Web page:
Of course, I have merely touched the surface of this poem’s rich significance, and while I can by no means deal with it all here, its specifically poetic means of evoking meaning merit consideration. First, note that, although “Night Watchman” has few end rhymes and no set rhyme scheme, it is a metrical poem, not free verse. Blank verse, the verse of Shakespearean drama, is unrhymed iambic pentameter; that is, each line consists of five metrical “feet,” and each “foot” contains an unaccented followed by an accented syllable. This formal rhythmic pattern generates tension with the random rhythm of ordinary speech—hence an effect of verbal syncopation. Each word must be chosen with care and placed in relation to the other words in the discourse in a way that highlights both rhythm and meaning. Slavish adherence to the meter creates a sing-song effect, the mark of an unskilled poet, analogous to a student pianist playing strictly according to the metronome.

An example of meaningful metrical variation in Middleton’s poem comes in the watchman’s indignant reflection on “Chinese safari parks where those who come / Pay to toss goats alive to waiting lions. . . .” The first foot of the second line is inverted, so that “Pay” receives extra emphasis. The unanticipated and harsh accent on “Pay” underscores how men, who ought to be stewards of creation, have commodified beasts merely to gratify vicious desires. Thus, discourse measured into verse provides opportunities to expand and enhance meaning.

Images of Mortality & Entropy

Although Middleton is a plain-style poet, who sometimes eschews a set rhyme scheme, he is also a poetic virtuoso capable of executing exacting metrical forms. Among the most demanding is the villanelle, which, according to Babette Deutsch’s Poetry Handbook, comprises “nineteen lines on two rhymes in six stanzas, the first and third lines of the opening tercet recurring alternately at the end of the other tercets, and both repeated at the end of the closing quatrain.” Given the paucity of rhymes in English, it poses a real challenge for poets writing in our language; but the incessant, not to say obsessive, repetition can create a very powerful poem by incrementally drawing out a deeper and more extensive range of meanings from an image or idea.

“As Far As Light Remains” is a superb example of this form, placed toward the end of Outside the Gates of Eden. The first and third lines of the opening stanza offer two especially suggestive images:

All alone in twilight a cold crow is calling
Out of a leafless tree while near and far away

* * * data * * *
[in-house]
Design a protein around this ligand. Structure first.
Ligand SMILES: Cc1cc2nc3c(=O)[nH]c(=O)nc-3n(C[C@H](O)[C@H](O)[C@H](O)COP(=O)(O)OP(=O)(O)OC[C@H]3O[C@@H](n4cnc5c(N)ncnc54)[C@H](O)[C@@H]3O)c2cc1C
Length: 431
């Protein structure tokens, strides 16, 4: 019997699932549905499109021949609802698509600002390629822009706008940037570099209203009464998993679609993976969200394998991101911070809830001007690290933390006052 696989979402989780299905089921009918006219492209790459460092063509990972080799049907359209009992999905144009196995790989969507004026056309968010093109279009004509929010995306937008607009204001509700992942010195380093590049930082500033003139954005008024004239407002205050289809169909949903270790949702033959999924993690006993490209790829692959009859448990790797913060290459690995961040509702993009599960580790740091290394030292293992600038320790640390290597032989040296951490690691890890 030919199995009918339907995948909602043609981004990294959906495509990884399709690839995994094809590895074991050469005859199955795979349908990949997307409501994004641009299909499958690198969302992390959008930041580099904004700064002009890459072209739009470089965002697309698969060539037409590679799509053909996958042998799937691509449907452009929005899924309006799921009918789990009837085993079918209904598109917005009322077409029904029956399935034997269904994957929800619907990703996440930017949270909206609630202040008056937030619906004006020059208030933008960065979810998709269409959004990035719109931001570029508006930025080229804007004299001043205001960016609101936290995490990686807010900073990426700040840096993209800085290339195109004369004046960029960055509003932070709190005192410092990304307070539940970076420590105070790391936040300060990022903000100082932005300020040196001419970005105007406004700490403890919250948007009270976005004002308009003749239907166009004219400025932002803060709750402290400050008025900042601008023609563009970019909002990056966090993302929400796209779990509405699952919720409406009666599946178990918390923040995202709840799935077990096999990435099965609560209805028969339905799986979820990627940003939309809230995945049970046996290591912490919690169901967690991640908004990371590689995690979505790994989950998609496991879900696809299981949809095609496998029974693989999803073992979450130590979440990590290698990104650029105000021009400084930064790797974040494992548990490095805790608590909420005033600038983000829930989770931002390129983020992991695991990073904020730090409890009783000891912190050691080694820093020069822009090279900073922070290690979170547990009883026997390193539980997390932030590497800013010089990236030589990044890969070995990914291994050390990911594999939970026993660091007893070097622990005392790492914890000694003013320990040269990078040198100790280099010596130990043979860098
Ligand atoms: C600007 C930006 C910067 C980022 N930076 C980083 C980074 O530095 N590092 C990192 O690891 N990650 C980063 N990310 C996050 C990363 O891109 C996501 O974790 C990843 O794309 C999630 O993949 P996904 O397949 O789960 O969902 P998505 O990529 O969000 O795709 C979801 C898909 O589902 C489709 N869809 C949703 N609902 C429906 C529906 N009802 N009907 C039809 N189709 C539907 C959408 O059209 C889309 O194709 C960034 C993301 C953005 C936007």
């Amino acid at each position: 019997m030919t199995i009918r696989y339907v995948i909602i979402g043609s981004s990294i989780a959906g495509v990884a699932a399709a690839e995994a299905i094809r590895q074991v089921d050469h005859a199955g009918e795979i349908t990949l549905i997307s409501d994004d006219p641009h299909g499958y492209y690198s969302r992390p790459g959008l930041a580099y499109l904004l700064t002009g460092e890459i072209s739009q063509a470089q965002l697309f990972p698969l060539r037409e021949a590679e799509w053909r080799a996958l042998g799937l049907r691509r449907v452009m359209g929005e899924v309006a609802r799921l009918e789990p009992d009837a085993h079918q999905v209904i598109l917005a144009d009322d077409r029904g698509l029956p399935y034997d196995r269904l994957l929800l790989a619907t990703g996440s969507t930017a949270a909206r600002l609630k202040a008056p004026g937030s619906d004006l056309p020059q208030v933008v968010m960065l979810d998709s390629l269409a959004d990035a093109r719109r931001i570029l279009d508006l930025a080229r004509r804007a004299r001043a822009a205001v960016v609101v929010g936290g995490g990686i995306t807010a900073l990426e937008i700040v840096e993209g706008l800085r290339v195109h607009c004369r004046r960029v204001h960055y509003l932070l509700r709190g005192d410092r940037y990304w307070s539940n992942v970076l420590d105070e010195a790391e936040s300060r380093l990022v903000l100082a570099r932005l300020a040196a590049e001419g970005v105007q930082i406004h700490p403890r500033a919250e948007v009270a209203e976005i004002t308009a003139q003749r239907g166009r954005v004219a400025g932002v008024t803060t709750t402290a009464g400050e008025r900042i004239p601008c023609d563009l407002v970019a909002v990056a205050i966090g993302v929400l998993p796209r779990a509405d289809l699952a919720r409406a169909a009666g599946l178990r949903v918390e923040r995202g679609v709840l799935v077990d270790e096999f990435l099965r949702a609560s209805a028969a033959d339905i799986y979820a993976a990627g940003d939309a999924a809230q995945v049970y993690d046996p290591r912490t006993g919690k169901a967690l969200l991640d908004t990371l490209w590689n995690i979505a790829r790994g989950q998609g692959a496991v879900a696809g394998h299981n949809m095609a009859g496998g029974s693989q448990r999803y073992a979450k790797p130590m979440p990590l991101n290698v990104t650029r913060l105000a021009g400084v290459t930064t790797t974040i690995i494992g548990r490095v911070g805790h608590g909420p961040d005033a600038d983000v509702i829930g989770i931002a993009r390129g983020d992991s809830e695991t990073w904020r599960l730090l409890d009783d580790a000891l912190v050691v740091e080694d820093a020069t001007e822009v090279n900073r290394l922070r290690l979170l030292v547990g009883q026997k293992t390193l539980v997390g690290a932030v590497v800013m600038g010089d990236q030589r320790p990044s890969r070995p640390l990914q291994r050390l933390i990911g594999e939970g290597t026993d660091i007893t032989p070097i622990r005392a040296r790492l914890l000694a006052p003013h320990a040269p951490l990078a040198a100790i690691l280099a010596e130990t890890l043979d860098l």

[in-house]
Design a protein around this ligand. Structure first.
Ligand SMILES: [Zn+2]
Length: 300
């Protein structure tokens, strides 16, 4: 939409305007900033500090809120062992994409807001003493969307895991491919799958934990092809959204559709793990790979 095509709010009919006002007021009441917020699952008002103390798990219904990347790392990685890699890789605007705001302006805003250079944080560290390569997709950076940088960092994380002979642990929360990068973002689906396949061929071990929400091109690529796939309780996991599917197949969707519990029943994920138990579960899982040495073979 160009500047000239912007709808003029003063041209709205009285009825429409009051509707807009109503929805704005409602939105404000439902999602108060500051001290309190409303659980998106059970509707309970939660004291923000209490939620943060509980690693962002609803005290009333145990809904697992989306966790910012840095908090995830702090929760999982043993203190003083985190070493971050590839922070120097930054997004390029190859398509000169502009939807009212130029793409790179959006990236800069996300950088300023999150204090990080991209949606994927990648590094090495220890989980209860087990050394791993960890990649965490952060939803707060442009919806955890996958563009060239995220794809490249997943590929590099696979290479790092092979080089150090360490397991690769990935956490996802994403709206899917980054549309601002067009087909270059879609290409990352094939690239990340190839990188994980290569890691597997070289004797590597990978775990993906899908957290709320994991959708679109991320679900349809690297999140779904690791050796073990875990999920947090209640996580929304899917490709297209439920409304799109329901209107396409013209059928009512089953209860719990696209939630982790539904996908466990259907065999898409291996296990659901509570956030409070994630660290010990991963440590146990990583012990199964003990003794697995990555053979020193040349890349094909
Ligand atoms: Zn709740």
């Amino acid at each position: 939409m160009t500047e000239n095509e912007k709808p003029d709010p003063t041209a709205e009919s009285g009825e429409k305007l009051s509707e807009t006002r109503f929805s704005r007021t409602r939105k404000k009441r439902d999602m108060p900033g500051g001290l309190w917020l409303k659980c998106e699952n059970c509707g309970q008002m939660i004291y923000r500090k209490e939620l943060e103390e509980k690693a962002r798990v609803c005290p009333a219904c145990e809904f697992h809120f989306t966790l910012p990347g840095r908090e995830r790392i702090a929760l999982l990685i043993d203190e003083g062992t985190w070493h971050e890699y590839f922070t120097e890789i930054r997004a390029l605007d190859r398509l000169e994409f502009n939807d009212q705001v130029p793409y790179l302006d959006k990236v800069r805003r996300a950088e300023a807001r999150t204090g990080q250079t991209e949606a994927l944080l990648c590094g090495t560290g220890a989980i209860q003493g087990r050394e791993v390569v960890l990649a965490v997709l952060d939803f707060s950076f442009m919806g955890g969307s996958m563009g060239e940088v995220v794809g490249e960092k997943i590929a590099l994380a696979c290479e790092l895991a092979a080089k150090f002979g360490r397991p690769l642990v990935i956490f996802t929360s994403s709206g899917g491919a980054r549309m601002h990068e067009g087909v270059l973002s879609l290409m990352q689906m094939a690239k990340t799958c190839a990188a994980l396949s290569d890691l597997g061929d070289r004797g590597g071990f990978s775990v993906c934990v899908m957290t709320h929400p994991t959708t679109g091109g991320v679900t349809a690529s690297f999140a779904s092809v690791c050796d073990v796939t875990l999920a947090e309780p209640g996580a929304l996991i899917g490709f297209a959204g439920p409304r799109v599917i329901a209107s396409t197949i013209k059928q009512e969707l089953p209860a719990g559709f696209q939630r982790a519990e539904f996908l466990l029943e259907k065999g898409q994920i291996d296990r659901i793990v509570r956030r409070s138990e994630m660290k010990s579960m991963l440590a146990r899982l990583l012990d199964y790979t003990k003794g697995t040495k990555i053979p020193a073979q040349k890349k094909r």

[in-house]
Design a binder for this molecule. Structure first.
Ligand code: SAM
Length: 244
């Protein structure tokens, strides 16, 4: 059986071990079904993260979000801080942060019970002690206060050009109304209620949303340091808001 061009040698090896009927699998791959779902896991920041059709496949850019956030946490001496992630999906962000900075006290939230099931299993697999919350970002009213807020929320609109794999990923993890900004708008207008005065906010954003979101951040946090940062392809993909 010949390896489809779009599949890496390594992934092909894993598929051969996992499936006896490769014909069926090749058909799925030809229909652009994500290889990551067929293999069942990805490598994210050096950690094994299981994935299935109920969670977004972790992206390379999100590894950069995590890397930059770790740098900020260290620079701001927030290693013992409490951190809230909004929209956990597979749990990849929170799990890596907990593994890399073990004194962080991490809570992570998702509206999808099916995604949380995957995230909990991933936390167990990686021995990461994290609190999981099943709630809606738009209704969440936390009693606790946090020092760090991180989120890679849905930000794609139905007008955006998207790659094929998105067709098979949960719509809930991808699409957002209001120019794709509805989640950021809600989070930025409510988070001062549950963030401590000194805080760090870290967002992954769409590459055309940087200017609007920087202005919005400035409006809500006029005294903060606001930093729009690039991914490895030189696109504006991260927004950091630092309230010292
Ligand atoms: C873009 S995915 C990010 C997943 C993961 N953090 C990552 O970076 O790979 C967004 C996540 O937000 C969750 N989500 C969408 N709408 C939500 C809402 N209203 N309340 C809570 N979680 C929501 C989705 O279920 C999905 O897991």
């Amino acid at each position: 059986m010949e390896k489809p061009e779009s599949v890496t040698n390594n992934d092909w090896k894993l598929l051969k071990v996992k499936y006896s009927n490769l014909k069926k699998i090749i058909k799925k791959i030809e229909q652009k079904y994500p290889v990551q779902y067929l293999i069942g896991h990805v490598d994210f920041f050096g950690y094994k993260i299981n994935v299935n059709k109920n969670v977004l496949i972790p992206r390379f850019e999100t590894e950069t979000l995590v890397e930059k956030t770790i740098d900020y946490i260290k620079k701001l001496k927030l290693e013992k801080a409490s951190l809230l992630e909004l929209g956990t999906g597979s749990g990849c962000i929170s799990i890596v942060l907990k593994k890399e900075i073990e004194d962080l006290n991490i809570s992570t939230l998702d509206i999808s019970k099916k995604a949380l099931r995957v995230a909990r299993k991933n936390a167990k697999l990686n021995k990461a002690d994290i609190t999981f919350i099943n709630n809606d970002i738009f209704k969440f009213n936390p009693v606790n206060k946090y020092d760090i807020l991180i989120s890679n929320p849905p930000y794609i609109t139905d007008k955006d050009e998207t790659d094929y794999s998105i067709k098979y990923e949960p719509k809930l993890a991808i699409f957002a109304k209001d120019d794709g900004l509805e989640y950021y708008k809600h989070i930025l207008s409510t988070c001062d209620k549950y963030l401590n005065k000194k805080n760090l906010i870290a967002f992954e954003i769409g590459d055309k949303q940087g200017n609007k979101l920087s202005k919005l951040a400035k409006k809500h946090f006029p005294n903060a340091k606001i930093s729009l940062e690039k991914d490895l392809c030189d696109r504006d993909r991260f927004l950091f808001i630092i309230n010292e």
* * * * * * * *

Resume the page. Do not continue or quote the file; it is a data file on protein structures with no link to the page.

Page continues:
As far as light remains a ghostly snow is falling.

The next four tercets offer, in order, “dying thinkers,” “poets,” “theologians,” and “physicists” all brooding on the ominous intimations of the “cold crow” and the “ghostly snow,” portending not just individual death but the winding down of the physical universe itself. The closing quatrain furnishes the only human answer, equivocal though it may be, to the chilling images of mortality and entropy:

Yet when these others falter, silent lovers sprawling
In love’s sweet after-sadness say best in their own way
All alone in twilight a cold crow is calling
As far as light remains a ghostly snow is falling.

Middleton’s metrical tour de force provides a poignant evocation of fallen man’s despair and hope.

A Remedy for Disrupted Peace of Soul

I have discussed only two of the poems in this rich new volume, because I wished to offer enough detailed comment—insufficient although it is—at least to suggest how best to enjoy it. If you are already a reader of poetry, then you will find delights and consolations in David Middleton’s poems.

If you are not a reader of poetry, then you ought to be. In a world that thrusts upon us endless occasions for distraction, indignation, and dismay, all calculated to disrupt our peace of soul, there is no better remedy, apart from prayer and prayerful reading of Scripture, than to turn off your tablet, put your cell phone aside, and silence whatever noise is emanating from the radio or the television. Sit quietly for thirty minutes and read carefully a poem or two or three. David Middleton will give you a sense of seeing the world through the eyes of a fellow mere Christian, and you will find that he expands your understanding of the Bible and your prayer life.  

R. V. Young is Professor of English Emeritus at North Carolina State University, a former editor of Modern Age: A Quarterly Review, and the author of Shakespeare and the Idea of Western Civilization (Catholic University of America Press, 2022). He and his wife are parishioners at St. Ignatius of Antioch Church in Tarpon Springs, Florida. They have five grown children, fifteen grandchildren, and two great-grandchildren. He is a senior editor of Touchstone.